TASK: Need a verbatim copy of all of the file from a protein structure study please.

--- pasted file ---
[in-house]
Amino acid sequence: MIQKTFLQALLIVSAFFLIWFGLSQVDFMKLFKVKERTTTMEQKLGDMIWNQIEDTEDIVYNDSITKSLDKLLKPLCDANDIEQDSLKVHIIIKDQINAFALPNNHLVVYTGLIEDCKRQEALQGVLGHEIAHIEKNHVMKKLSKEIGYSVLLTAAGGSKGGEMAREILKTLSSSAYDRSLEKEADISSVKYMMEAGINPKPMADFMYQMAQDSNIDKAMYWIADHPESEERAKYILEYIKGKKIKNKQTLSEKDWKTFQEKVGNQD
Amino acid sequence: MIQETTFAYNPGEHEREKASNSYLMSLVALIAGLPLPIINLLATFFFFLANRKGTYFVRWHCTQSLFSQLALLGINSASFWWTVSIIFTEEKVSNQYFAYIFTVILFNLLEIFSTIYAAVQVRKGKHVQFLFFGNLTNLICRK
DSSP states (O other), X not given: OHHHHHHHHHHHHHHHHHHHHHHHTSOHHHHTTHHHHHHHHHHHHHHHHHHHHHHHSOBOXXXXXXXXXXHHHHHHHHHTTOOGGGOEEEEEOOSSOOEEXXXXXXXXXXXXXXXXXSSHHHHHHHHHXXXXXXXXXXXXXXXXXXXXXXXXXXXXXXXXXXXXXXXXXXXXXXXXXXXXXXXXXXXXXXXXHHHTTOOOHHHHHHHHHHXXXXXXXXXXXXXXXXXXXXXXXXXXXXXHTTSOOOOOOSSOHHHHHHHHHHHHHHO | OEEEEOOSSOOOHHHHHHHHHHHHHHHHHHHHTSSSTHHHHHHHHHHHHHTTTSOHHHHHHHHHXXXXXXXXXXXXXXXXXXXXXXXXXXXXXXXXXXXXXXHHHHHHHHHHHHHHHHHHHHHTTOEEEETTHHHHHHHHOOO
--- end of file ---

[in-house]
Amino acid sequence: MIQKTFLQALLIVSAFFLIWFGLSQVDFMKLFKVKERTTTMEQKLGDMIWNQIEDTEDIVYNDSITKSLDKLLKPLCDANDIEQDSLKVHIIIKDQINAFALPNNHLVVYTGLIEDCKRQEALQGVLGHEIAHIEKNHVMKKLSKEIGYSVLLTAAGGSKGGEMAREILKTLSSSAYDRSLEKEADISSVKYMMEAGINPKPMADFMYQMAQDSNIDKAMYWIADHPESEERAKYILEYIKGKKIKNKQTLSEKDWKTFQEKVGNQD
Amino acid sequence: MIQETTFAYNPGEHEREKASNSYLMSLVALIAGLPLPIINLLATFFFFLANRKGTYFVRWHCTQSLFSQLALLGINSASFWWTVSIIFTEEKVSNQYFAYIFTVILFNLLEIFSTIYAAVQVRKGKHVQFLFFGNLTNLICRK
DSSP states (O other), X not given: OHHHHHHHHHHHHHHHHHHHHHHHTSOHHHHTTHHHHHHHHHHHHHHHHHHHHHHHSOBOXXXXXXXXXXHHHHHHHHHTTOOGGGOEEEEEOOSSOOEEXXXXXXXXXXXXXXXXXSSHHHHHHHHHXXXXXXXXXXXXXXXXXXXXXXXXXXXXXXXXXXXXXXXXXXXXXXXXXXXXXXXXXXXXXXXXHHHTTOOOHHHHHHHHHHXXXXXXXXXXXXXXXXXXXXXXXXXXXXXHTTSOOOOOOSSOHHHHHHHHHHHHHHO | OEEEEOOSSOOOHHHHHHHHHHHHHHHHHHHHTSSSTHHHHHHHHHHHHHTTTSOHHHHHHHHHXXXXXXXXXXXXXXXXXXXXXXXXXXXXXXXXXXXXXXHHHHHHHHHHHHHHHHHHHHHTTOEEEETTHHHHHHHHOOO